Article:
A parasite aircraft is an aircraft which is carried, and air launched by, a mother ship aircraft.
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The FICON (Fighter Conveyor) program was conducted by the United States Air Force in the 1950s to test the feasibility of a B-36 Peacemaker bomber carrying an F-84 parasite fighter in its bomb bay.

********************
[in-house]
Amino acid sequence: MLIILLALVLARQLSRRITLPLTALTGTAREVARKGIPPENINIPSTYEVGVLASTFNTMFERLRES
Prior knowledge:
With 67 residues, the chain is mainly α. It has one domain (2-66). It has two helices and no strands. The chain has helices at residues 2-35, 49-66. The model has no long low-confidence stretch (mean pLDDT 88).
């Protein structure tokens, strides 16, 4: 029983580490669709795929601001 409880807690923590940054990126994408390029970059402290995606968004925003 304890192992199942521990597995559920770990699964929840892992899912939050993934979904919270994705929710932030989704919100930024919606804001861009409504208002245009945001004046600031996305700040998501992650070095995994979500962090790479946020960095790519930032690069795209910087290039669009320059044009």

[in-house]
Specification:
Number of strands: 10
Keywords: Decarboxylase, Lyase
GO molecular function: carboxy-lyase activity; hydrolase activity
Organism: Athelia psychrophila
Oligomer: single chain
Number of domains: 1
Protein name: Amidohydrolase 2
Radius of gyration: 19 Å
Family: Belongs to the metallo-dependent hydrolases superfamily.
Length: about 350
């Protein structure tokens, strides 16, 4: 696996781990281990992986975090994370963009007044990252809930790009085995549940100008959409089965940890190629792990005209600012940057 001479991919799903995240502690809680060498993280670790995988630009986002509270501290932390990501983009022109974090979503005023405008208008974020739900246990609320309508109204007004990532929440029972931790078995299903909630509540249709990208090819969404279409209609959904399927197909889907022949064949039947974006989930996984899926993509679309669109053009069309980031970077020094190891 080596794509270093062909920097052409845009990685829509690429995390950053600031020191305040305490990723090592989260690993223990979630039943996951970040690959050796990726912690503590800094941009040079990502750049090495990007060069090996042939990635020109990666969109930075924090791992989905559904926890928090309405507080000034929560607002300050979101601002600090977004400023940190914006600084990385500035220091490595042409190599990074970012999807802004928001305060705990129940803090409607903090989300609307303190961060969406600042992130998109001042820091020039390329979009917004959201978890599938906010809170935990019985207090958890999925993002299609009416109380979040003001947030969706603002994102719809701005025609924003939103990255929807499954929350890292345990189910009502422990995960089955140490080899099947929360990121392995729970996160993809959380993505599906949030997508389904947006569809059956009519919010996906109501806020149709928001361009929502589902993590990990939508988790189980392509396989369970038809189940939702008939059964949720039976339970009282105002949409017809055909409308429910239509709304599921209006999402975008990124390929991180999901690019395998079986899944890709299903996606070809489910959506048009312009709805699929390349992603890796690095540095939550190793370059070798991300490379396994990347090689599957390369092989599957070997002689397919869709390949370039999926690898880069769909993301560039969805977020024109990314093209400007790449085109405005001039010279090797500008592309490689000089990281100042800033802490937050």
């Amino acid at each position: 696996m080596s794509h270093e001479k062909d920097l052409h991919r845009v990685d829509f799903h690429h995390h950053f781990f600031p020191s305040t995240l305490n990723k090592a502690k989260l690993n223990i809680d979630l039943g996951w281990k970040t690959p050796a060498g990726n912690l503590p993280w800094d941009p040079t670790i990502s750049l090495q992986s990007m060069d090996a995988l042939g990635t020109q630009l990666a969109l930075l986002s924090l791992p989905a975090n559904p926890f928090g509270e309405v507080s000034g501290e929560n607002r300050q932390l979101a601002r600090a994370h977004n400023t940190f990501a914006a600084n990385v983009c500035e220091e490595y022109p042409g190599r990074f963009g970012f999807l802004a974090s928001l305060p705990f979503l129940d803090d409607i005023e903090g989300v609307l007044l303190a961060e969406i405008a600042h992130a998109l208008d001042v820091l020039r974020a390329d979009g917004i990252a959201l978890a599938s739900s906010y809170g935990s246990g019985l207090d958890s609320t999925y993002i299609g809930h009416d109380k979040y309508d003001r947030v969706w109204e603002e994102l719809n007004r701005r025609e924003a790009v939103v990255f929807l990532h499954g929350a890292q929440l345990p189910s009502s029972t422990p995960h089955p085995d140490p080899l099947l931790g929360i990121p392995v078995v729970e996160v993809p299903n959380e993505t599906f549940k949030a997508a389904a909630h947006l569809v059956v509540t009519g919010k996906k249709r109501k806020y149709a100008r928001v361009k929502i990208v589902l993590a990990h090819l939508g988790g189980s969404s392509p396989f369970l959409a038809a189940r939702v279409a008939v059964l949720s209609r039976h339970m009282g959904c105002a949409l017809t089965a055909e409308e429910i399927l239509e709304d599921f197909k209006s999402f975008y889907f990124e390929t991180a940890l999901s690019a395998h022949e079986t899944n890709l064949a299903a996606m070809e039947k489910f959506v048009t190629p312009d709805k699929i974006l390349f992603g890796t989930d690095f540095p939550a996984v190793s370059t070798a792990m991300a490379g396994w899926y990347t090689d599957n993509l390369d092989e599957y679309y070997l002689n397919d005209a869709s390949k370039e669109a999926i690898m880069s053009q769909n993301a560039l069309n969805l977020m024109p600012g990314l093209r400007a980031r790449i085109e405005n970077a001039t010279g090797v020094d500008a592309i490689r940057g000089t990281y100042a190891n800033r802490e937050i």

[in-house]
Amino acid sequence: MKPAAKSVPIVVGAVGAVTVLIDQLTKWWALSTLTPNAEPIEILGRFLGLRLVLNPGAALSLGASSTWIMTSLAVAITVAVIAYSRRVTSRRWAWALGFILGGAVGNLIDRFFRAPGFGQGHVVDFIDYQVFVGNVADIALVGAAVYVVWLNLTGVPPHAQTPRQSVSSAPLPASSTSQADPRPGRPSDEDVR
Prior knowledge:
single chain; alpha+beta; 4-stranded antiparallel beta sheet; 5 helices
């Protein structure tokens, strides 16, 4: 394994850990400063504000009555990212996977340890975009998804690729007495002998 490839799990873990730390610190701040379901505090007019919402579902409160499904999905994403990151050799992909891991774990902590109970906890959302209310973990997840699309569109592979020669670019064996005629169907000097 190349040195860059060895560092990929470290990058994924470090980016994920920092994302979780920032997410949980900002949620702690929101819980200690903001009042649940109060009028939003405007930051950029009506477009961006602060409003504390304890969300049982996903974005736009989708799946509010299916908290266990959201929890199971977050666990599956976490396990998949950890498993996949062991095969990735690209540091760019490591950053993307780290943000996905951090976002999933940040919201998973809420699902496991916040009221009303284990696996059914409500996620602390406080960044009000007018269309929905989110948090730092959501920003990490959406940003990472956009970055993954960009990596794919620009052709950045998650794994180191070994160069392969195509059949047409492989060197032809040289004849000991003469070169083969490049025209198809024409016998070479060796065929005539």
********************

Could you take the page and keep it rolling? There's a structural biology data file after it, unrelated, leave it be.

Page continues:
In parallel, a similar configuration, called Tom-Tom, was being developed using an RB-36F previously used in the early FICON trials and two RF-84F (serial numbers 51-1848 and 51-1849). The aircraft were attached wingtip-to-wingtip using articulated arms and clamps. Although several successful hookups were performed in 1953, turbulence and vortices continued to present a major problem. In late 1953, an RF-84F was actually torn away from the RB-36. All aircraft landed safely but the concept was deemed too dangerous. Developments in the area of inflight refueling at the time promised a much safer way of extending the range of the fighters and Project Tom-Tom was cancelled.
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